This case involves the question of when—not if—a former spouse is entitled to receive benefits from a Qualified Domestic Relations Order (QDRO) that was entered to satisfy a child support arrearage. Appellant-petitioner Wendy R. Cook appeals the trial court’s grant of appellee-intervenor Bricklayers Local Union 19 of Indiana Retirement Plan’s (Bricklayers) motion to correct error, claiming that the trial court erred in denying her request for pension benefits under her former husband’s retirement account pursuant to a QDRO that was entered after the dissolution of the parties’ marriage. Specifically, Wendy argues that a public policy exception under the Employee Retirement Income Security Act (ERISA) to the prohibition regarding the alienability of pension benefits requires that a support recipient who receives a QDRO towards the satisfaction of a child support arrearage should receive funds “sooner rather than later.” Appellant’s Br. p. 2. Concluding that the trial court properly determined that Bricklayers was not obligated to disburse the funds immediately to Wendy from her former husband’s pension plan, we affirm.In Kerry J. Greenwell v. State of Indiana , an 18-page opinion, Judge Bradford writes:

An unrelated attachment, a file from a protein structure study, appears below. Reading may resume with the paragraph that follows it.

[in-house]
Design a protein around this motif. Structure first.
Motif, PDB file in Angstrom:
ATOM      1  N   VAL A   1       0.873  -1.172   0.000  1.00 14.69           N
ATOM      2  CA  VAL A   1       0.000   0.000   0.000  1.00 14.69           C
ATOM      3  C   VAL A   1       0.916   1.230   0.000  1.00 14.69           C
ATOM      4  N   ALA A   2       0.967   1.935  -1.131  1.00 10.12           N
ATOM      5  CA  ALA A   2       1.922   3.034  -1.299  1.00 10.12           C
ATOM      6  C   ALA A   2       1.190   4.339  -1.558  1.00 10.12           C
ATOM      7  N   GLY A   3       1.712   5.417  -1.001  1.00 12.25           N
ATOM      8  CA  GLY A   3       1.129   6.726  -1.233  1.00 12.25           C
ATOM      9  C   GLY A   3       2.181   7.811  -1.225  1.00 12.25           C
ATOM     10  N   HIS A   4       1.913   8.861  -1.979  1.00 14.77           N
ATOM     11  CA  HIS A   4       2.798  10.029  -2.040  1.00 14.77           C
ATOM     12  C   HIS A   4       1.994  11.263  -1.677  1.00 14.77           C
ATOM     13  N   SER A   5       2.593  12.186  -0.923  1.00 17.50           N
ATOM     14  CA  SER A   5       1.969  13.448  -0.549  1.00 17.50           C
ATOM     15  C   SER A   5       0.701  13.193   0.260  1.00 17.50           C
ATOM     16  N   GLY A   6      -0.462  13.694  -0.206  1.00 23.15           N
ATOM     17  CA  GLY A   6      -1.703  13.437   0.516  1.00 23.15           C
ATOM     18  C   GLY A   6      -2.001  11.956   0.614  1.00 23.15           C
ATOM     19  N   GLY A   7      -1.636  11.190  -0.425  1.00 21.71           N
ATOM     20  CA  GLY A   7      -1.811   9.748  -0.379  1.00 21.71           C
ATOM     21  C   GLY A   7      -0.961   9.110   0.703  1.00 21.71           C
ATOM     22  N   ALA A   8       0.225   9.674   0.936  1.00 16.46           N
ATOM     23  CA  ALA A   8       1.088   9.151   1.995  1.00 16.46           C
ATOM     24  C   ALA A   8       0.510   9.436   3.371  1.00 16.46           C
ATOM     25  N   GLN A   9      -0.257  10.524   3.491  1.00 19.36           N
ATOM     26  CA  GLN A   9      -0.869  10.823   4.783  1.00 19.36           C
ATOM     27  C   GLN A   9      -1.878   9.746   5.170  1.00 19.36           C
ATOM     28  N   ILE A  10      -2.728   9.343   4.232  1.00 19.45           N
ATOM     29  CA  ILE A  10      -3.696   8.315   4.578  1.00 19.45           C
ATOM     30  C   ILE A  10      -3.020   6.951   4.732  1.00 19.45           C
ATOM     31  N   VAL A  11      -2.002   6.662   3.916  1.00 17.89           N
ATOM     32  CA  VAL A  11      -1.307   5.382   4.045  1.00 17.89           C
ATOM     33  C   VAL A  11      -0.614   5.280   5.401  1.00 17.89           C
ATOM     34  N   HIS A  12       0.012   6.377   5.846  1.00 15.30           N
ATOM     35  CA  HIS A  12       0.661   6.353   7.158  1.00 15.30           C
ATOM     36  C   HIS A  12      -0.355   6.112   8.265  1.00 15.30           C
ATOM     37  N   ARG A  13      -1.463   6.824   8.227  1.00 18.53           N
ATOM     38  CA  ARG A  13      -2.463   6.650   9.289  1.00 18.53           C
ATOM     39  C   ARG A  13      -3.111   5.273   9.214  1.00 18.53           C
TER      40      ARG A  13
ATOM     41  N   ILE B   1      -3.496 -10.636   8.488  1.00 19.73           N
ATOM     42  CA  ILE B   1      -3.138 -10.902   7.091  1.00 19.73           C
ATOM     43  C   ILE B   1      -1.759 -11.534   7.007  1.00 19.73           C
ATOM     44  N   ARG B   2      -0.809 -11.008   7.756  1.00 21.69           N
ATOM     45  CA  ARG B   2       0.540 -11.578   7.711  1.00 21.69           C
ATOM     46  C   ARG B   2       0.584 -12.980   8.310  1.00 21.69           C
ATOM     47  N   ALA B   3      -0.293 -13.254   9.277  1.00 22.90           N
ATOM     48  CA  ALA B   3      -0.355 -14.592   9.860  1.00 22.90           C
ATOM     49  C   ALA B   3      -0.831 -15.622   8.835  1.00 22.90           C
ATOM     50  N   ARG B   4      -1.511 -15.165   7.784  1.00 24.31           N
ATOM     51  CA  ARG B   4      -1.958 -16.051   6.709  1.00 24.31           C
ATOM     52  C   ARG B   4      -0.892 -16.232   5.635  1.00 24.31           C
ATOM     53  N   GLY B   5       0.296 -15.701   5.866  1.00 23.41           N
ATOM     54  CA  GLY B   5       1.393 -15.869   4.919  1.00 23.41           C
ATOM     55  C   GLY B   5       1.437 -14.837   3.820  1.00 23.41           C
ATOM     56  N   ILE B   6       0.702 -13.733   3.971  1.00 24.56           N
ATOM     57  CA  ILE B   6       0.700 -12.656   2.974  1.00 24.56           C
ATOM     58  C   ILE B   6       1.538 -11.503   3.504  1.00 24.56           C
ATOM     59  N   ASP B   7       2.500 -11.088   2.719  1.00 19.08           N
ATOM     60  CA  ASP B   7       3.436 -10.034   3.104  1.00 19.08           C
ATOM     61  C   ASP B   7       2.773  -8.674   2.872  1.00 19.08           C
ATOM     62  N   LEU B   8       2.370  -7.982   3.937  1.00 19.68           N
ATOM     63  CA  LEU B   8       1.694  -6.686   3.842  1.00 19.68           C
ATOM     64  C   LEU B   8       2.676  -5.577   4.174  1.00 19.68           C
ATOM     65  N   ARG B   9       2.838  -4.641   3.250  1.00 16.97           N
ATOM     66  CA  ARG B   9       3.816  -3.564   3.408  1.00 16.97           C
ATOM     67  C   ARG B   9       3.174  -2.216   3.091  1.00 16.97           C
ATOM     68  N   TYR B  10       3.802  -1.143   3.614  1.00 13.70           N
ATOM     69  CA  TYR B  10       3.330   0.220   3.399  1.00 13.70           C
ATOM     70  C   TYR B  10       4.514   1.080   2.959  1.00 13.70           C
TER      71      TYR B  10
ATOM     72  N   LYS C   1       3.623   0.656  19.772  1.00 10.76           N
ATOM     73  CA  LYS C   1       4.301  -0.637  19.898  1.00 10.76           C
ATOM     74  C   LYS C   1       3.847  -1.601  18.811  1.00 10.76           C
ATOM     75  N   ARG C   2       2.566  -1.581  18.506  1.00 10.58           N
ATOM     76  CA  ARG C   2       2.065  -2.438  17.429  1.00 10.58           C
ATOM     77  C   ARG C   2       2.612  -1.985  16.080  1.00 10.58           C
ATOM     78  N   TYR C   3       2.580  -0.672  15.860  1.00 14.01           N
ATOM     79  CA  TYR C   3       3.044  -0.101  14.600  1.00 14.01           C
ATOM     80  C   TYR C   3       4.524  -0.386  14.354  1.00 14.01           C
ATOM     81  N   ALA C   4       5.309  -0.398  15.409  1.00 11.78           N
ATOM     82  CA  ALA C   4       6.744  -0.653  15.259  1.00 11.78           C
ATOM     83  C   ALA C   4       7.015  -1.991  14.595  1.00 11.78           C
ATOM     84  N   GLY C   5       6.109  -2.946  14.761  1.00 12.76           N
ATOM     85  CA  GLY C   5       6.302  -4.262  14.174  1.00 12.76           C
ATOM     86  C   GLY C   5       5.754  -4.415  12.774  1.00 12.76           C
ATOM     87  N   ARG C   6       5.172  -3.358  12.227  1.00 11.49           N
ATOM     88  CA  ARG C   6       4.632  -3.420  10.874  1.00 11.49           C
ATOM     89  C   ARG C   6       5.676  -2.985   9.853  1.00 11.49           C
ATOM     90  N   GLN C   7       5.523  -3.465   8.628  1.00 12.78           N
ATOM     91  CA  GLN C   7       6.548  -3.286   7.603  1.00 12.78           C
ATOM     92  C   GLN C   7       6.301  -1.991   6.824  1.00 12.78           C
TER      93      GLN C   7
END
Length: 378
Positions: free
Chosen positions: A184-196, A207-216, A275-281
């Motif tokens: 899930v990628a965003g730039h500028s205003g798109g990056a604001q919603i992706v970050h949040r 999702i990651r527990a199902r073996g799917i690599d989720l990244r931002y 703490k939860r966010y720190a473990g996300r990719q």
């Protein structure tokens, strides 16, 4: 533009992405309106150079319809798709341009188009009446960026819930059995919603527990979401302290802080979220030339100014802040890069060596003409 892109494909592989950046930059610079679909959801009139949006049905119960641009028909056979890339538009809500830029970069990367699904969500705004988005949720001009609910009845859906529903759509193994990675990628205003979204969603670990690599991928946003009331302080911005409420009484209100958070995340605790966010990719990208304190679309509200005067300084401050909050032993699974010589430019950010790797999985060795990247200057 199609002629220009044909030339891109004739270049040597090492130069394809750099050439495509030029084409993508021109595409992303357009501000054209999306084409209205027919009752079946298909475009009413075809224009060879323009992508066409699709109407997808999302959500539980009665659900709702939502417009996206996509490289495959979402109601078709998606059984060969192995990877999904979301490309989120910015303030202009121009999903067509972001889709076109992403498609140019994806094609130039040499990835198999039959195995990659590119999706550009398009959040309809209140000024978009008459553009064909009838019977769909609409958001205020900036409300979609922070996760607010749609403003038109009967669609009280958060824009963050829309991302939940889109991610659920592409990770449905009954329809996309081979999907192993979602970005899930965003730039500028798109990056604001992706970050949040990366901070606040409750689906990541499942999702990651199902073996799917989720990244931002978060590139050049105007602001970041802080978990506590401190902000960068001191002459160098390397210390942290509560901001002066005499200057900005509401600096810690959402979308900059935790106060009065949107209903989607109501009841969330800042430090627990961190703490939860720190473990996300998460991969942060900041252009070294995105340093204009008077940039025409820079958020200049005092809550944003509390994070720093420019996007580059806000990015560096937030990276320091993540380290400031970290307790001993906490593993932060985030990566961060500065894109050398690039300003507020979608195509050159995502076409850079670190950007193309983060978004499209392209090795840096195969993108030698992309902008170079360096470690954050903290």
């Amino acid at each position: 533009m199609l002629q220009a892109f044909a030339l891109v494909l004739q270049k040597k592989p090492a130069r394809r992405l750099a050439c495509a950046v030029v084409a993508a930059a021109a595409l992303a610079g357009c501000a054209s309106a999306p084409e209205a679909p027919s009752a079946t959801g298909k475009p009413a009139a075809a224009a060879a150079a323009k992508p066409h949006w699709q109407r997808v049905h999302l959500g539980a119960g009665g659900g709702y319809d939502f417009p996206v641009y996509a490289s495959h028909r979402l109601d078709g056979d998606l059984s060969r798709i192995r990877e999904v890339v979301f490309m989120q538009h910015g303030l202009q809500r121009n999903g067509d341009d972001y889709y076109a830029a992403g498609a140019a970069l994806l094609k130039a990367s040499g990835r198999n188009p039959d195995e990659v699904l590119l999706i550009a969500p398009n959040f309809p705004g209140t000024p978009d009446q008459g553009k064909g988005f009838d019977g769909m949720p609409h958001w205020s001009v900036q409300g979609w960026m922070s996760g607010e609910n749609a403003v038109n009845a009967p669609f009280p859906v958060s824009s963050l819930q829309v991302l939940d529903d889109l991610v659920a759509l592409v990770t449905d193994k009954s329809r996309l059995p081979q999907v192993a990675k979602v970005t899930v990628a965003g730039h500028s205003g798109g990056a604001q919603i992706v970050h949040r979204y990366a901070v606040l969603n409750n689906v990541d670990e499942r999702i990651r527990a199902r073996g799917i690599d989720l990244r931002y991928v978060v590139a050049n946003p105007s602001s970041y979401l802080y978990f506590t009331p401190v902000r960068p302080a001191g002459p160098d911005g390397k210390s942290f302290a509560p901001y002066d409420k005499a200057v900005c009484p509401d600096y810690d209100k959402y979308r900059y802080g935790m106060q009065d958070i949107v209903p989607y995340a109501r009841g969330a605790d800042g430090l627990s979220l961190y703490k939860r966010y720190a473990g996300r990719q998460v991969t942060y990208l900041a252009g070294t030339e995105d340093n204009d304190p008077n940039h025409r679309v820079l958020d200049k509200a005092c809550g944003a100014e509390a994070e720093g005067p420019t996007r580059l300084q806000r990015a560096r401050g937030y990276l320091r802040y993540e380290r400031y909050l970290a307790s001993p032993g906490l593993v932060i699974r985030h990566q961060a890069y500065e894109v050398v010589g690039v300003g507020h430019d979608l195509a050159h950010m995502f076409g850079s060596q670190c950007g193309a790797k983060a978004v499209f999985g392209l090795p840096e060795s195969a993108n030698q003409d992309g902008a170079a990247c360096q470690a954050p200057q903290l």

Appellant-Petitioner Kerry J. Greenwell appeals from the denial of his petition for post-conviction relief (“PCR”). Greenwell contends that the post-conviction court used the wrong standard in evaluating the potential effect of new DNA testing, that a recantation by a state’s witness constitutes newly discovered evidence, and that he received ineffective assistance of appellate counsel. We affirm. * * *NFP civil opinions today (4):